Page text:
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International Taxation-Economic Presence as amended by CA. Harsh Mathur

International Taxation
-Economic Presence as amended

Article by: CA. Harsh Mathur
Email: harsh31492@gmail.com

In this digital world, taxation of business profits based on economic allegiance is the core logic of international taxation!

Section 9(1)(i) of the Indian Income Tax Act 1961, tax any income earned by a Non Resident from a business connection in India. The term business connection has not been expressly defined in the act per se. The term has been the subject matter of various interpretations of judicial pronouncements

The finance act has widened the scope of the term business connection in line with BEPS action plan 1 by inserting a new explanation 2A to section 9(1)(i)

The background of the loophole

The explanatory notes to finance bill 2018 released by CBDT dated 26.12.2018 states the problem before the amendment as below:

Allocation of taxing rules under Article 7 of DTAAs, business profit of an enterprise is taxable in the country in which the taxpayer is a resident.  If an enterprise carries   on  its  business   in  another country  through  a  'Permanent  Establishment' situated therein,  such other  country  may also tax the business  profits  attributable to the  'Permanent Establishment'. For this  purpose,  'Permanent Establishment' means  a 'fixed place of business' through  which the business of an enterprise is wholly or partly  carried  out provided  that the business activities are not of preparatory or auxiliary in nature  and such business activities are not carried out by a dependent agent.

With the advancement in information and communication technology in the last few decades and a push gave by almost all the governments towards digitization, new business models operating remotely through digital medium have emerged.  Under these  new  business  models,  the  non-resident enterprises interact  with customers in another country without  having any physical presence in that country  resulting  in avoidance  of taxation in the source  country. The existing nexus based on physical presence do not hold good anymore for taxation of business profits in source country.  As a result, the rights of the source country to tax business profits that are derived from its economy are unfairly and unreasonably eroded.

Action Plan-1 Addressing the challenges of the digital economy in its recommendations has discussed that, a non-resident enterprise would create  a taxable  presence  in a country  if it has a significant  economic  presence  in that  country  on the  basis of factors that have a purposeful  and  sustained interaction with the economy  by the  aid of technology  and other   automated  tools.   It further recommended that   revenue   factor   may be used   in combination with the aforesaid factors to determine 'significant economic presence'.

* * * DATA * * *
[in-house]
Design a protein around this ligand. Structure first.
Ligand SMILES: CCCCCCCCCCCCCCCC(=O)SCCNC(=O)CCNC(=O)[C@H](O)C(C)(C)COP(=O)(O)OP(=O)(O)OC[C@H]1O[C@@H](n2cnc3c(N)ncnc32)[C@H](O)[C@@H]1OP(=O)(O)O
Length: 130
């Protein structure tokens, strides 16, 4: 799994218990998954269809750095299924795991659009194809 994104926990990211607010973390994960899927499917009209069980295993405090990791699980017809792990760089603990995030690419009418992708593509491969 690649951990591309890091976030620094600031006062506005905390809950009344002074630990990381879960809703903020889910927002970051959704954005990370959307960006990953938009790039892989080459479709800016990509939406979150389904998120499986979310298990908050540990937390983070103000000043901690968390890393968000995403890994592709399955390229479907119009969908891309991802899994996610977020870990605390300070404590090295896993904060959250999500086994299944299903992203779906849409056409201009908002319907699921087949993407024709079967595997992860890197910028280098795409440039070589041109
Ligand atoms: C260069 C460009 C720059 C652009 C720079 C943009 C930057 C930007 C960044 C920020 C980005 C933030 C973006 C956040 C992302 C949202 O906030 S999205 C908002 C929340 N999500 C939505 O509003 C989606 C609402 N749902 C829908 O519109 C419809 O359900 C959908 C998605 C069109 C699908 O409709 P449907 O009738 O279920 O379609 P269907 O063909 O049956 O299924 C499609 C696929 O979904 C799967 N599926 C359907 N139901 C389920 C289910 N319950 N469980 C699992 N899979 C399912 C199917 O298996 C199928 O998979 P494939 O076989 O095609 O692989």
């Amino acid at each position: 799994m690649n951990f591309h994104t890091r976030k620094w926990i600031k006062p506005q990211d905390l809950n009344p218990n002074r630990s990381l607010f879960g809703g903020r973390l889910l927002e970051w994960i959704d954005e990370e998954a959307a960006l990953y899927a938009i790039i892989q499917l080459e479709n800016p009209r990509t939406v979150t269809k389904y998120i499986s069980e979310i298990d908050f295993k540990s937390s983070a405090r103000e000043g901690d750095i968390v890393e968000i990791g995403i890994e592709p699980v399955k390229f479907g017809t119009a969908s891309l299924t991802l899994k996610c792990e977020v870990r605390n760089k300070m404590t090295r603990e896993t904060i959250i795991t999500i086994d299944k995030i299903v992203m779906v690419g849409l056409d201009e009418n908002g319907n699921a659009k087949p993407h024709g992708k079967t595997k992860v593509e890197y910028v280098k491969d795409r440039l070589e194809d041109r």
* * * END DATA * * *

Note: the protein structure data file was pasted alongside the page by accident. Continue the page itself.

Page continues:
India's action on BEPS recommendations:

In view of the above, a new Explanation 2A has been inserted in clause (i) of sub-section (1) of section 9 of the Income-tax Act to provide that 'Significant Economic Presence’ in India shall also constitute 'business connection' and that "Significant Economic Presence" for this purpose shall mean-

(i)  transaction in respect of any goods, services or property carried  out by a non-resident in  India  including  provision   of download   of data  or  software in  India,  if  the  aggregate  of payments arising from such transaction or transactions during the previous  year exceeds such amount  as may be prescribed; or

(ii)  systematic and  continuous soliciting  of business  activities  or engaging  in interaction with such number  of users as maybe prescribed, in India through  digital means.

6.7  It is further provided that only so much of income as is attributable to such transactions or activities as specified in (i) or (ii) above shall be deemed to accrue or arise in India. It is also provided that the transactions or activities shall constitute significant economic presence in India, whether or not-

  • the agreement for such transactions or activities is entered in India;
  • the non-resident has a residence or place of business  in India; or
  • the non-resident renders services in India
Equalization Levy and Significant Economic Presence

EQL was introduced as a separate chapter in Finance bill 2016, to impose tax on e commerce transactions. Once paid, it is not allowed as credit in the country of residence as to get relief as per DTAA tax has to be paid as income tax. This has been a major drawback in implementation of EQL which has not seen any increment in its scope since introduction.

Also, there is no separate article in any of the DTAA for EQL and as per section 90(2) of the Income Tax Act, 1961 DTAA or Provision of Income Tax whichever is more beneficial is applicable and therefore this was deliberately introduced as a separate chapter and not in Income Tax Act.

SEP has been brought in the Income Tax Act, 1961 and therefore any attributable profit will be taxed as per normal tax laws in the source country and the credit shall be allowed for the tax deducted in the country of residence.

However as clarified in the explanatory notes unless corresponding modifications to PE rules are made in the DTAAs, the cross border business profits will continue to be taxed as per the existing treaty rules.

The insertion of this clause has expanded the base of taxation for source countries and once amendment is done in definition of PE it will also be effective in DTAA's.